My afternoons in New England are marked by disappearing light as we move through to the darkest day of the year. I’m surprised each December when the days grow shorter. My kids and neighbors continually remark, “is the sun setting already?” as it seems to hide by 3:30 p.m. The removal of light brings about minor panic—we sense it as a loss. Advent occurs during a season of darkness, which provides opportunity to think about how the light has come.
The origins of Advent have a fuzzy start, but the establishment of Christmas Day around the fourth century created practices of anticipation and preparation. Paired with the December solstice in the Northern Hemisphere, candles became a symbolic reminder. Jesus is the light of the world (John 8:12), and people experienced this spiritual truth with a physical representation of a burning candle.
The Practices of Advent
The observation of Advent is widespread, as we take the weeks leading to Christmas to wait with anticipation. It’s a time of double meaning. We acknowledge Jesus’s coming in the flesh as a baby to inhabit the world (Matt. 1:23), and we look with hope to his coming again (Rev. 1:7).
God’s people sit in the blessed reality that we belong to him. We’re saved from our sins and have peace with God (Rom. 5:1), yet we’re not physically in the presence of Jesus. He’s prepared the way for us but hasn’t invited us home (John 14:3). Our faith has not yet been made sight. J. C. Ryle summarizes it well, “There is a glorious dwelling place provided by Jesus Christ for all his believing people. The world that is now is not their rest: they are pilgrims and strangers in it. Heaven is their home.”The practices of Advent are an invitation to declare that darkness doesn’t have the final say. Condividi il Tweet
This challenges me to recognize the tension of the Christmas season—the now and not-yet reality we’re living in. This world isn’t my home, but I’ve been given a place to inhabit where the kingdom can be realized on earth. The practices of Advent are an invitation to declare that darkness doesn’t have the final say.
The candles, lights, wreaths, and glitter of festivities and presents are gentle reminders that the dark of night has been pierced by the true Light. Christ came most unexpectedly, disarming all the principalities of darkness, taking on the limitations of humanity to live the life we couldn’t.
I invite you to slow down and reflect. Light a candle, and notice the places of light as you move through this season. There are many traditions to embrace and celebrate with those you love. Before you do, consider these three truths that offer hope for the longing world.
Remember the Silence
We often become uncomfortable in a time of extended silence. Take any small group conversation with a thirty-second pause, and you’ll notice people squirming in their seats. It’s helpful to remember the world lived in silence for 400 years. Twenty generations lived in the intertestamental period from the end of the book of Malachi until the birth of Jesus.
God’s prophetic Word ceased, but he continued to work. There must’ve been countless times people lost hope, questioned, and doubted God, yet he remained faithful to his promise (Isa. 9:6–7). Reflecting on this allows us to cultivate faith when he hasn’t answered our prayers in the way we’d hoped. He’s always at work in our waiting.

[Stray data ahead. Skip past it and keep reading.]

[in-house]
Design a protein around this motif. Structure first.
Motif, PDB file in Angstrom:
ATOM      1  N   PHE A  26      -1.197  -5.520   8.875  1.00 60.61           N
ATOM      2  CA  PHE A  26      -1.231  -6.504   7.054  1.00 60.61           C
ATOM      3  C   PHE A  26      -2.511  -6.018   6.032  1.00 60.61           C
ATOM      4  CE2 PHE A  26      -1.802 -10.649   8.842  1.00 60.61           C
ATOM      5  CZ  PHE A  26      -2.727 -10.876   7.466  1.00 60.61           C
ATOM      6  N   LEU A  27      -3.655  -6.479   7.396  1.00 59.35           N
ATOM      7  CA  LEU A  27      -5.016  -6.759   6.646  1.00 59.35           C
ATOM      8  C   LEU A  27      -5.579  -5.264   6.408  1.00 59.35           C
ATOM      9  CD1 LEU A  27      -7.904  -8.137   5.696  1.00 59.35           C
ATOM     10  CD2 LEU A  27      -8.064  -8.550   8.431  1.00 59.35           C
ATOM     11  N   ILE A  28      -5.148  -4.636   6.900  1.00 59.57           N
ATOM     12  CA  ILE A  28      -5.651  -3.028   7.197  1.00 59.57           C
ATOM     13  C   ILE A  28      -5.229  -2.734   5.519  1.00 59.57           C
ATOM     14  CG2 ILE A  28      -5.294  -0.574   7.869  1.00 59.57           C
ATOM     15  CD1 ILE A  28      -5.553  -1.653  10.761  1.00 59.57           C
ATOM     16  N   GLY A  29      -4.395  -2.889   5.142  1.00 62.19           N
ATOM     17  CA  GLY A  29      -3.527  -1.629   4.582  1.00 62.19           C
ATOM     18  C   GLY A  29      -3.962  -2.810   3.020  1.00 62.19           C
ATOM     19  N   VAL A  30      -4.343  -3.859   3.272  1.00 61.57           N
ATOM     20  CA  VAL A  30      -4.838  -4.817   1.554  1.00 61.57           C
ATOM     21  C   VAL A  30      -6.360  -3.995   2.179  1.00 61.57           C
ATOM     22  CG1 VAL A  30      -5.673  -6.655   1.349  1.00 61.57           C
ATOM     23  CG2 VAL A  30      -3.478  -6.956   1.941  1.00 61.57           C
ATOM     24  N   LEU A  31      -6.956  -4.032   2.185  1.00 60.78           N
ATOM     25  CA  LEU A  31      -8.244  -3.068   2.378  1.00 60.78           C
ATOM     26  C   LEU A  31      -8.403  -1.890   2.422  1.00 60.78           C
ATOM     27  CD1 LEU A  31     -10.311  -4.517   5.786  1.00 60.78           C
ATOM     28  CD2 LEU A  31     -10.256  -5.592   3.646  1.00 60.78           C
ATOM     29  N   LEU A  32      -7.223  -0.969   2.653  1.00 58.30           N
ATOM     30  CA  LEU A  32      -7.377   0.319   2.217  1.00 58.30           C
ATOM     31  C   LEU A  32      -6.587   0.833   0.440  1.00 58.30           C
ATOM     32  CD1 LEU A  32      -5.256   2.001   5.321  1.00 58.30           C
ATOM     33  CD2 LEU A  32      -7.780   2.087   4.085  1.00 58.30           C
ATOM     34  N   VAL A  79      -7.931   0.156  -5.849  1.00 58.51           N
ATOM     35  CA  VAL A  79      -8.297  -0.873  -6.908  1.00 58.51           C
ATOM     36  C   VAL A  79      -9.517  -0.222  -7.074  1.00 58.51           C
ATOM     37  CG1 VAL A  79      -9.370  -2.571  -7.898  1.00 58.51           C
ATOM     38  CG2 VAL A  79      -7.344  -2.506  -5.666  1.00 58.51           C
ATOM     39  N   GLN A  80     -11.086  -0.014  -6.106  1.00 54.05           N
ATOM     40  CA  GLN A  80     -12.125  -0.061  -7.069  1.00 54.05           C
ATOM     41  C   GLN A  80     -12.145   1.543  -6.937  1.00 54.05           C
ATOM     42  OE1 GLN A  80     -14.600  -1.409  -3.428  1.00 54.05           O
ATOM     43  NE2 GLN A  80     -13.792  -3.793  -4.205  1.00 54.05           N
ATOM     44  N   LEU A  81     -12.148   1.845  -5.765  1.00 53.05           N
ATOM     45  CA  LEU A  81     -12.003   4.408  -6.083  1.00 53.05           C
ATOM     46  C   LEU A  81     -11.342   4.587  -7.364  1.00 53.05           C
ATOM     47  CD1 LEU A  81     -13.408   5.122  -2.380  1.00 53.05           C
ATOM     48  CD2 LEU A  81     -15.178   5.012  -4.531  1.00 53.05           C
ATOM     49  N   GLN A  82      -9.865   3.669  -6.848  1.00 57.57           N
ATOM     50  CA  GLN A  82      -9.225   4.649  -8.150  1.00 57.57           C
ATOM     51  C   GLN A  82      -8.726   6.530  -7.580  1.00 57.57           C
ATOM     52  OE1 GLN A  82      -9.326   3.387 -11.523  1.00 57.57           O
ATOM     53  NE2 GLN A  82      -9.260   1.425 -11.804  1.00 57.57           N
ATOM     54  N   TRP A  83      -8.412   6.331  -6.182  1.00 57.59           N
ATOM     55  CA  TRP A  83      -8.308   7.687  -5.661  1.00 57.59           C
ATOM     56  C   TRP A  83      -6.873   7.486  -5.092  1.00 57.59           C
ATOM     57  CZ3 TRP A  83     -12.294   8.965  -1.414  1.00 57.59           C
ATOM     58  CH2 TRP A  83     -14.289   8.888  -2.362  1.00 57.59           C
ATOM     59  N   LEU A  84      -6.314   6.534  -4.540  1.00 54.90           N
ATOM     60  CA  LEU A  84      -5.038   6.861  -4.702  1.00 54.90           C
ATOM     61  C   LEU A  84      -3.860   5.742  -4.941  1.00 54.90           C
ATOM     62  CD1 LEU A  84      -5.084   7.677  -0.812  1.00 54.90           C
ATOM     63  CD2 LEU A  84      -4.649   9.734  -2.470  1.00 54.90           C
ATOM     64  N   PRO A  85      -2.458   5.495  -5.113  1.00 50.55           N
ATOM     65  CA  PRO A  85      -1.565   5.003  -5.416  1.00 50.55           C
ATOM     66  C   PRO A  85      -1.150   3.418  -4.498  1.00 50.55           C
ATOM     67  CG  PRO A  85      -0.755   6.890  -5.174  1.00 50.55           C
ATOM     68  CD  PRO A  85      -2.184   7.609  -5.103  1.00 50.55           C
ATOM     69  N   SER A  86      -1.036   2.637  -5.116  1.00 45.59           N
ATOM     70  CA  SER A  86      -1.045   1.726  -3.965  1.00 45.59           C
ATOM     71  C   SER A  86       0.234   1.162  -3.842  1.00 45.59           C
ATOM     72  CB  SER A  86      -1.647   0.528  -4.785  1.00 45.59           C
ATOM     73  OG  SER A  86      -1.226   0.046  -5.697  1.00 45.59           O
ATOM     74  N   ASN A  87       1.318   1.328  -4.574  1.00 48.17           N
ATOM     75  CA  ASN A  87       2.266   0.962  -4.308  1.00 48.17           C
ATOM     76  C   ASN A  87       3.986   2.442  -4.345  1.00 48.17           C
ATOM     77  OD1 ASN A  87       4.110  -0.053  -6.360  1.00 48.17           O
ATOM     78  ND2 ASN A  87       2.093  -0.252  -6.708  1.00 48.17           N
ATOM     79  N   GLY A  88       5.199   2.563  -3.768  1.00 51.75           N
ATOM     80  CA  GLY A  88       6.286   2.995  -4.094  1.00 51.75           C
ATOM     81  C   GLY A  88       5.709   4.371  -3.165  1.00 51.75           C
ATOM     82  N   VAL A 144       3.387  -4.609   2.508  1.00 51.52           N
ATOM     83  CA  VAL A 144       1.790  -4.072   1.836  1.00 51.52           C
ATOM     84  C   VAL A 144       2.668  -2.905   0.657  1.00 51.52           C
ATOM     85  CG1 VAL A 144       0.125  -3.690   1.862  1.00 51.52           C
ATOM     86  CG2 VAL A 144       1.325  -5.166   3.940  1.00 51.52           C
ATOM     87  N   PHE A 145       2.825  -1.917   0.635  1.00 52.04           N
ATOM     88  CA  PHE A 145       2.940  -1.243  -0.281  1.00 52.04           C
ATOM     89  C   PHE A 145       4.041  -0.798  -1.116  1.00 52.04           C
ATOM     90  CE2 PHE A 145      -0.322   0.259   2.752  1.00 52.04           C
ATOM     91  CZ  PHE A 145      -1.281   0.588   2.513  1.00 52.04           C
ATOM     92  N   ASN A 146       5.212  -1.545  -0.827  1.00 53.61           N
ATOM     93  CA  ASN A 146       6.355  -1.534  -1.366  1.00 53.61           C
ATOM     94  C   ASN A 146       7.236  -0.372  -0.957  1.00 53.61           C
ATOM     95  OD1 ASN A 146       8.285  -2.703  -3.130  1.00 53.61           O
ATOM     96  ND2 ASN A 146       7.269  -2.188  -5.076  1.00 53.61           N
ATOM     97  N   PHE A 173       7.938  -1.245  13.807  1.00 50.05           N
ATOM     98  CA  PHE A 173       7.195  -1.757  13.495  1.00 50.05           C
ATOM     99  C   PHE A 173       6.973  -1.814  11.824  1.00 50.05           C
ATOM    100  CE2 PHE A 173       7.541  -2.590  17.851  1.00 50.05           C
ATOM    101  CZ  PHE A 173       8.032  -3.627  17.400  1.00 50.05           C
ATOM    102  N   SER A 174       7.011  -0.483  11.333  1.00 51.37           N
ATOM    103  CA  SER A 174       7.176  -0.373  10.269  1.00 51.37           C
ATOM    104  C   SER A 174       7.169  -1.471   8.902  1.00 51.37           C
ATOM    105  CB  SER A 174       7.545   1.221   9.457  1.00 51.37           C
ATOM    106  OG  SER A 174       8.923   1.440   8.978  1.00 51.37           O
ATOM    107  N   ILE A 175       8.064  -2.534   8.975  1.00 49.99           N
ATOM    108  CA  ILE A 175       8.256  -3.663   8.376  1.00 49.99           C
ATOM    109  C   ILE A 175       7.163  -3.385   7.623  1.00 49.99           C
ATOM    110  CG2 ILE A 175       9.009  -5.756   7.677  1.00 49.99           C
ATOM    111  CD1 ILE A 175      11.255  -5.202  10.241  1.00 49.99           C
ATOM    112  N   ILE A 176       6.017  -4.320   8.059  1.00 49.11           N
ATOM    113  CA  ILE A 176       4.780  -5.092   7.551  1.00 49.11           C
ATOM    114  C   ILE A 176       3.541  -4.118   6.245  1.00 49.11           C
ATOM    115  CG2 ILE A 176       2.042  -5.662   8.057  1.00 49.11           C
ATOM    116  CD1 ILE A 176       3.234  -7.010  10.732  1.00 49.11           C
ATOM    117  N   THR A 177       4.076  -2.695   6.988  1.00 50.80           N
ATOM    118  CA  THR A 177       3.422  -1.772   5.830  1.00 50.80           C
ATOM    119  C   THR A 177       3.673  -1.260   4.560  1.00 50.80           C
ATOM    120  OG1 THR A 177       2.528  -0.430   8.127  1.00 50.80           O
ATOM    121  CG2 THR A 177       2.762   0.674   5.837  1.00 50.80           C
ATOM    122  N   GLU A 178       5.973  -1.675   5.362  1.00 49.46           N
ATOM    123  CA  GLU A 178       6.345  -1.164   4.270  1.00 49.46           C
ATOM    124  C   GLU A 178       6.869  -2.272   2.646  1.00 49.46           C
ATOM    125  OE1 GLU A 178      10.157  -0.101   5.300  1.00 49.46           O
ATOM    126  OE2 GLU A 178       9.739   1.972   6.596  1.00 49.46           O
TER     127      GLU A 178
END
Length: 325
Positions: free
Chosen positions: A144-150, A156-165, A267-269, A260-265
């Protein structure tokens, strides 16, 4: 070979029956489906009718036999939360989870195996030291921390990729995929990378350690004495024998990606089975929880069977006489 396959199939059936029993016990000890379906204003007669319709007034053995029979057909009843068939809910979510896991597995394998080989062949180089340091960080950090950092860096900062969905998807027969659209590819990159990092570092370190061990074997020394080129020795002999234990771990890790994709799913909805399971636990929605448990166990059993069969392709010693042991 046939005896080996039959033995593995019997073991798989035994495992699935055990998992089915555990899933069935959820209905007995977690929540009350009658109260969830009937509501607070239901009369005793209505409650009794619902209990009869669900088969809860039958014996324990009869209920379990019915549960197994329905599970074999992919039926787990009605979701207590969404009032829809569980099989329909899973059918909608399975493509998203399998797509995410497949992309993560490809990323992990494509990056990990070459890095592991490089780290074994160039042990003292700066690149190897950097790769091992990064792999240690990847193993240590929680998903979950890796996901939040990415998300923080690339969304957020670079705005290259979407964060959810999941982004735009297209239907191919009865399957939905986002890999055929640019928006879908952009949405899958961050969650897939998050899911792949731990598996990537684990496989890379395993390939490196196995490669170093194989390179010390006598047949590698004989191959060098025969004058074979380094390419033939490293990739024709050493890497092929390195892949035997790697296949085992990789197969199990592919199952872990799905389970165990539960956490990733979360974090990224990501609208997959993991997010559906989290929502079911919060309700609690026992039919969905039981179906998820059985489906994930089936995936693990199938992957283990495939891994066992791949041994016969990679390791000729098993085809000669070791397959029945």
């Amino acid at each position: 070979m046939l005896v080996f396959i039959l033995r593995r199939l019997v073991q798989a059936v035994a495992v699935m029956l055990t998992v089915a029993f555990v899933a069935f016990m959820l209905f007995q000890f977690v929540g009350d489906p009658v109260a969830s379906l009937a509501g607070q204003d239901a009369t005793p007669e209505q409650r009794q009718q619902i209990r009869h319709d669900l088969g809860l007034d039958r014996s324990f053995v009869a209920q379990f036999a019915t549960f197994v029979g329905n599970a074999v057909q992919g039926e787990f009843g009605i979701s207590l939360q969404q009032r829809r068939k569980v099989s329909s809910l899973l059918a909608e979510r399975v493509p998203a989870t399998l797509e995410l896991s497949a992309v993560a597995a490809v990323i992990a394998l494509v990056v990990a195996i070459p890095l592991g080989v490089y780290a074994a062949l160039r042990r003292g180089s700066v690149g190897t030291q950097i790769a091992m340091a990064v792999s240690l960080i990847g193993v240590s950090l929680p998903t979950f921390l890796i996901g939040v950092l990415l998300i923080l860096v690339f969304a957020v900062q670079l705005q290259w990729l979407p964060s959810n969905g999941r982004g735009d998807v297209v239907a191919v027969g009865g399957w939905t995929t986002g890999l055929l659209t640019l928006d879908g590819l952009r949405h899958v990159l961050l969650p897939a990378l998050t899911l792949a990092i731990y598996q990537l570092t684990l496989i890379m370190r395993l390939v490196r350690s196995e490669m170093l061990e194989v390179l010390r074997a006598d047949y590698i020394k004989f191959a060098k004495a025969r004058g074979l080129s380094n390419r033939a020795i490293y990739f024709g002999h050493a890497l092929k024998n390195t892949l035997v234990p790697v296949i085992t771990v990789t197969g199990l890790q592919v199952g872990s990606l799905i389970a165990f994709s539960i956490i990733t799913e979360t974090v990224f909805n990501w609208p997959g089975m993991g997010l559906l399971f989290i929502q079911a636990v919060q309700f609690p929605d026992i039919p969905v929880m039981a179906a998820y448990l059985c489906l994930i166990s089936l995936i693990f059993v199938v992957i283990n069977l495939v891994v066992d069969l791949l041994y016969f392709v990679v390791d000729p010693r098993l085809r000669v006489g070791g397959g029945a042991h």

Sit in the Darkness
One of my favorite practices in the Advent season is sitting in the early morning darkness before the household awakens. I’ll turn the Christmas tree lights on, and an illuminating glow cascades through my living room. The light bounces off the ornaments, and a glimmer of light reaches into the darkness. It reminds me that without embracing darkness, we can’t feel the relief brought by the light.
This translates well to our spiritual life. The practice of looking deeply at ourselves and acknowledging the depth of our depravity gives way to receiving the forgiveness of God. We revel in the depth of his mercy when we understand our great need (Eph. 2:4).During Advent, as the sun sets on your day or breaks forth in the morning, may you embrace the invitation to see the light of Jesus. Condividi il Tweet
Watch for the Light
God made a way to be with his people in the flesh with the birth of Jesus. His name is Immanuel, God with us, testifying that rescue had arrived. We see this in the second chapter of Matthew when the star announces his arrival to the wise men. Their response was to come and worship. Jesus’s life and ministry were a continual proclamation that his reign and rule were at hand.
As we live now, we see glimpses of the kingdom as we walk by the Spirit (Gal. 5:25). We just have to notice and name them. This Christmas, cultivate a heart like the wise men and pray you’ll recognize the light of Jesus breaking through. Watch for the light, and worship him in response (Matt. 2:2).
During Advent, as the sun sets on your day or breaks forth in the morning, may you embrace the invitation to see the light of Jesus. He continues to be the answer for all our longings and darkness. May you experience that anew this season.